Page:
Carl Bower puts fears into images and Sofia Babani documents social protests. Here are our two readers picks.

Carl Bower

Carl Bower is an editorial and commercial photographer based in Denver, Colorado, who is also interested in long-term documentary projects. “I like images, I like looking at them, and I like the way they can tell a more complex story over time, he says. When I’m shooting, I feel a strange mixture of anxiety and self-confidence. With my camera, I can go talk to anyone. When I’m doing a portrait, most of my focus is on gaining trust with my subjects,” explains the photographer, who confesses to be shy. His Tumblr is centred around Private Fears, a project inspired by his experience. “When I was working as a photojournalist in Washington, an ex-girlfriend stalked me. I had to call the police several times. At work, I was afraid that my disatrous personal life would cost me assignments. I learned to conceal it. No one ever knew. Years later, I interviewed and photographed strangers about their personal fears in order to compare their true selves and the images they conveyed.”

© Carl Bower

Sofia Babani

Freelance photographer Sofia Babani, 27, makes black and white documentaries. “I have an huge affinity for unique human stories, social and humanitarian issues and ancestral cultures,” she says. I have a very human and immersive approach to photography: I dive totally into my subjects to grasp the essential. I like to work on a form of radicalness both through the frontal aspect of images and the force of contrasts”. For her, photography is a privilege. Thanks to the medium, she can witness the unfolding of History while bringing her vision to it. By photographing current issues, she gives her voice to those who cannot speak, and proves that photography remains a form of resistance. On Saturday, March 18, 2019, she covered the climate march in Lyon, France. Today, she shares her tender pictures. “This mobilisation of youth speaks volumes about environmental issues. For me, it is a pure and simple illustration of the need for global awareness and a challenge for future generations.”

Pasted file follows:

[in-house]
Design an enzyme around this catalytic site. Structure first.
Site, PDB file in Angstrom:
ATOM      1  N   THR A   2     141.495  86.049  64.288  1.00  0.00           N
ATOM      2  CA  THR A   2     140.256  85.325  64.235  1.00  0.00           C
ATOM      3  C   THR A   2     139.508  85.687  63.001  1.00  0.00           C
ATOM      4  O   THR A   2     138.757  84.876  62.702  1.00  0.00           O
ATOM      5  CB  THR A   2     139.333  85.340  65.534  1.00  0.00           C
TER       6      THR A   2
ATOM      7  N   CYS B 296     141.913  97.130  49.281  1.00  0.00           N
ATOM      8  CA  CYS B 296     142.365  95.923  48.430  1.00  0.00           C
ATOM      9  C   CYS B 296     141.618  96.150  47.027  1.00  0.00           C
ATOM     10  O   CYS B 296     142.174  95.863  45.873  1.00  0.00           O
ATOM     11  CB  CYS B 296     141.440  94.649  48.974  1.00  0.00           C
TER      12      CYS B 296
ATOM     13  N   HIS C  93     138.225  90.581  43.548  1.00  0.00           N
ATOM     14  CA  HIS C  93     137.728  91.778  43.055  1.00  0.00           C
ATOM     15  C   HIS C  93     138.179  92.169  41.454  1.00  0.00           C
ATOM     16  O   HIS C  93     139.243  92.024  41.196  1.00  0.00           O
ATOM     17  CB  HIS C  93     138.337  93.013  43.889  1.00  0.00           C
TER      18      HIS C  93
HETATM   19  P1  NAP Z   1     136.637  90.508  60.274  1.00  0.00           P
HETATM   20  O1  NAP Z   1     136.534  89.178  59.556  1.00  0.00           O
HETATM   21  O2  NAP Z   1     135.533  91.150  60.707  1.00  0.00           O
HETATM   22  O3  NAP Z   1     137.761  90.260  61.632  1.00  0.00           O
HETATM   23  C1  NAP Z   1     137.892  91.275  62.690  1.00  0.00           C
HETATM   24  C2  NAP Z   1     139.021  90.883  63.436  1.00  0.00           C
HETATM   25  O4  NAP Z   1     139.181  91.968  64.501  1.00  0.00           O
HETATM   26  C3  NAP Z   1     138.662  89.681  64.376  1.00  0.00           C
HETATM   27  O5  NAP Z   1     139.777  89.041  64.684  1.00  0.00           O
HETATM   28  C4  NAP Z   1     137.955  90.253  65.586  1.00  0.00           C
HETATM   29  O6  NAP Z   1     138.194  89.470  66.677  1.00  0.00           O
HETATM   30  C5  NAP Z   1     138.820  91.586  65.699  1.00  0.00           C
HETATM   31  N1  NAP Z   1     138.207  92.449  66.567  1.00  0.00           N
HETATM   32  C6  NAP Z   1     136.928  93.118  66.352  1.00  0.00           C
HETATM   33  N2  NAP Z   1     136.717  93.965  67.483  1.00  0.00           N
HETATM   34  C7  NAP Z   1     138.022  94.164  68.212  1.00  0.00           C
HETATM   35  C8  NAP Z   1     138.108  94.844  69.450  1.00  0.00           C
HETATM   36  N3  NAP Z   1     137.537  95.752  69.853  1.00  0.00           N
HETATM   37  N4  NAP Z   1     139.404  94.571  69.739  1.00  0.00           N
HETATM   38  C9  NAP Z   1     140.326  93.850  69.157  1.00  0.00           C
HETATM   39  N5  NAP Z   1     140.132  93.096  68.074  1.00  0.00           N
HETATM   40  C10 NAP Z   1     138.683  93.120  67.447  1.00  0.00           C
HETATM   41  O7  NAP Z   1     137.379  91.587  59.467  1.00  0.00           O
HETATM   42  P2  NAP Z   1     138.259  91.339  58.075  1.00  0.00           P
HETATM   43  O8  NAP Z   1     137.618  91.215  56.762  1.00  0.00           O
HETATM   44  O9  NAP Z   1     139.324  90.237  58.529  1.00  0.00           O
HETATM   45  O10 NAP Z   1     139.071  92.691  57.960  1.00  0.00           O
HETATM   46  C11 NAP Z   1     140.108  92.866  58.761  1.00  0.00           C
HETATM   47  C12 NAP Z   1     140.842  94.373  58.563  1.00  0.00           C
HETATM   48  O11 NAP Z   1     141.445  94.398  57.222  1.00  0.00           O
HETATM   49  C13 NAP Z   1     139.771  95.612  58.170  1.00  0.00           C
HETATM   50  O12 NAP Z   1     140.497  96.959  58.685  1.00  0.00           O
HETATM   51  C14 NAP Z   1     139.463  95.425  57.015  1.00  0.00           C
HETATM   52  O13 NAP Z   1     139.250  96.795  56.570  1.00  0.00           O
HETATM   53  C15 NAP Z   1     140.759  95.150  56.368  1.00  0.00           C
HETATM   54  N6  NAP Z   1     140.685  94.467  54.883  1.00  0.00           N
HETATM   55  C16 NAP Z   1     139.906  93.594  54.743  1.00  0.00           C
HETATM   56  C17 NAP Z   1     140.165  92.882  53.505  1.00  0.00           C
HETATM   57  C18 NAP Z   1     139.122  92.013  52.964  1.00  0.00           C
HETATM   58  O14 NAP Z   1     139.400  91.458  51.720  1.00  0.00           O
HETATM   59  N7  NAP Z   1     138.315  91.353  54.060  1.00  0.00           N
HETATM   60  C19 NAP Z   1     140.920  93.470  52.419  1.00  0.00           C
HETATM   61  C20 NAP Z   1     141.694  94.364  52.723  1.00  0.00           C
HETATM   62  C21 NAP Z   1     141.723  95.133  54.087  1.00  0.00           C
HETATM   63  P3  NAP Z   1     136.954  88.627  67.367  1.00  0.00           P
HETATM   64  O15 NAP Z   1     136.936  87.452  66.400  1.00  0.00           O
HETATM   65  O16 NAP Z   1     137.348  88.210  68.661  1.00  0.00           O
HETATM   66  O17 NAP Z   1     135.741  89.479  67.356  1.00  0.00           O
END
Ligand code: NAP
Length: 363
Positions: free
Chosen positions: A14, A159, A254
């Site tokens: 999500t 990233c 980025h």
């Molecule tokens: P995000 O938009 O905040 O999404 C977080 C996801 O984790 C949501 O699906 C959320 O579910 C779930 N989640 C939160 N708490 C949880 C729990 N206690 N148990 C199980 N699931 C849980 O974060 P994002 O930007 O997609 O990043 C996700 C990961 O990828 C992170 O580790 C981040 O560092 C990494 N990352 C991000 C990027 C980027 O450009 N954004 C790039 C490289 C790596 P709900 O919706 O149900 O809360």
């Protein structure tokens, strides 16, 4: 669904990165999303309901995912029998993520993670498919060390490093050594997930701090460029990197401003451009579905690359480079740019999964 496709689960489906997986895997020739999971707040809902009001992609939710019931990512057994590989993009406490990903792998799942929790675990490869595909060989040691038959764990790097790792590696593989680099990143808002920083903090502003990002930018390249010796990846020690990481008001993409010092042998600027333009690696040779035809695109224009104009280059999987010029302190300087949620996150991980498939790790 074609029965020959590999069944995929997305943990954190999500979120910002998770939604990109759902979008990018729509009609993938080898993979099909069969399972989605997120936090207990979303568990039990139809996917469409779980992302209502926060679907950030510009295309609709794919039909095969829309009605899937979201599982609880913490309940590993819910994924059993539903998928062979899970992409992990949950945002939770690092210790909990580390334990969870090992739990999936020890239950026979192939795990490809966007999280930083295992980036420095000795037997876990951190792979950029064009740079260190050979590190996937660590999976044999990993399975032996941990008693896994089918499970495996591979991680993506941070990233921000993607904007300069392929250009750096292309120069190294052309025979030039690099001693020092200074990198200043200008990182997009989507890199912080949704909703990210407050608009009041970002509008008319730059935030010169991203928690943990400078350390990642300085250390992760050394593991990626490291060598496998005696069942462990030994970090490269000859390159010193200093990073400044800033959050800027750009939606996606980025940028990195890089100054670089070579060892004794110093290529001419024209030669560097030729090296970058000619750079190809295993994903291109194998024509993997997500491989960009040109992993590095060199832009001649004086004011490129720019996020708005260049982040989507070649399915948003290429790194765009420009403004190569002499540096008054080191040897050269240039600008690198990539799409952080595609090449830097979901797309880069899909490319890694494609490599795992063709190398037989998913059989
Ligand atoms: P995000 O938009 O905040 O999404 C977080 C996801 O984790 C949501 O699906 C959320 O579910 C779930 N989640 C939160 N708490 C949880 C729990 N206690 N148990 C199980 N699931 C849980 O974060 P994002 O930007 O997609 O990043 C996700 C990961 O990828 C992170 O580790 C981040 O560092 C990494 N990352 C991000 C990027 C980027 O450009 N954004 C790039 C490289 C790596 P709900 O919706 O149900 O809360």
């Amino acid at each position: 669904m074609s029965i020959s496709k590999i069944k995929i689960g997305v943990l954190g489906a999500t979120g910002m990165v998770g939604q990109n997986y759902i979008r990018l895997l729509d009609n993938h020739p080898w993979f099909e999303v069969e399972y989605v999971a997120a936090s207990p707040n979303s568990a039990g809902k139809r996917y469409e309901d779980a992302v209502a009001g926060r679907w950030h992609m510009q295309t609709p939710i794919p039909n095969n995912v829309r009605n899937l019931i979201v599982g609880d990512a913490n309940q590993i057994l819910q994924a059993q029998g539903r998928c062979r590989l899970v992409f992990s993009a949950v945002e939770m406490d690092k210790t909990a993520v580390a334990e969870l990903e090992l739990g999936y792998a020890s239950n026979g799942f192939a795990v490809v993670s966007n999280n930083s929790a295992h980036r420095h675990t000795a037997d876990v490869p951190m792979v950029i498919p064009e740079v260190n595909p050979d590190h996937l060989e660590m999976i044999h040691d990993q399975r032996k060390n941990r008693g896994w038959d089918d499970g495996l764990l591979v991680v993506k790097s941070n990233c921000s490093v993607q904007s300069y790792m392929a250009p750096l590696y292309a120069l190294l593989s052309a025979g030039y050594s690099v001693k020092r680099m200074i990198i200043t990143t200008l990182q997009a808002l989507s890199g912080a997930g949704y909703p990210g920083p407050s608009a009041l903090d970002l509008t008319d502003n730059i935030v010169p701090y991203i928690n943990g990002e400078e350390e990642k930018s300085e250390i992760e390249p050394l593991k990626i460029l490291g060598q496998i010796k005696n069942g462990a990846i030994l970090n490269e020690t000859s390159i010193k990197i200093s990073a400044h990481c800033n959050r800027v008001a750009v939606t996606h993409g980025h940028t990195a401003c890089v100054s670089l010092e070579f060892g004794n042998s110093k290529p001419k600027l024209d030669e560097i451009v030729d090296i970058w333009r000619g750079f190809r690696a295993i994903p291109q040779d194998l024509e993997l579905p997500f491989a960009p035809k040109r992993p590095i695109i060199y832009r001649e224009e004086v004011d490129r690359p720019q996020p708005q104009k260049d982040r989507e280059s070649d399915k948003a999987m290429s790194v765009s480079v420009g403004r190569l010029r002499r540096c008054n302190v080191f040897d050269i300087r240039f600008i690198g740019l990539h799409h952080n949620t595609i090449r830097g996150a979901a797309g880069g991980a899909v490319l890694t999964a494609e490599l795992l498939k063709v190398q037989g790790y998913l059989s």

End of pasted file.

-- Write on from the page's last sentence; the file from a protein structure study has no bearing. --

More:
© Sofia Babani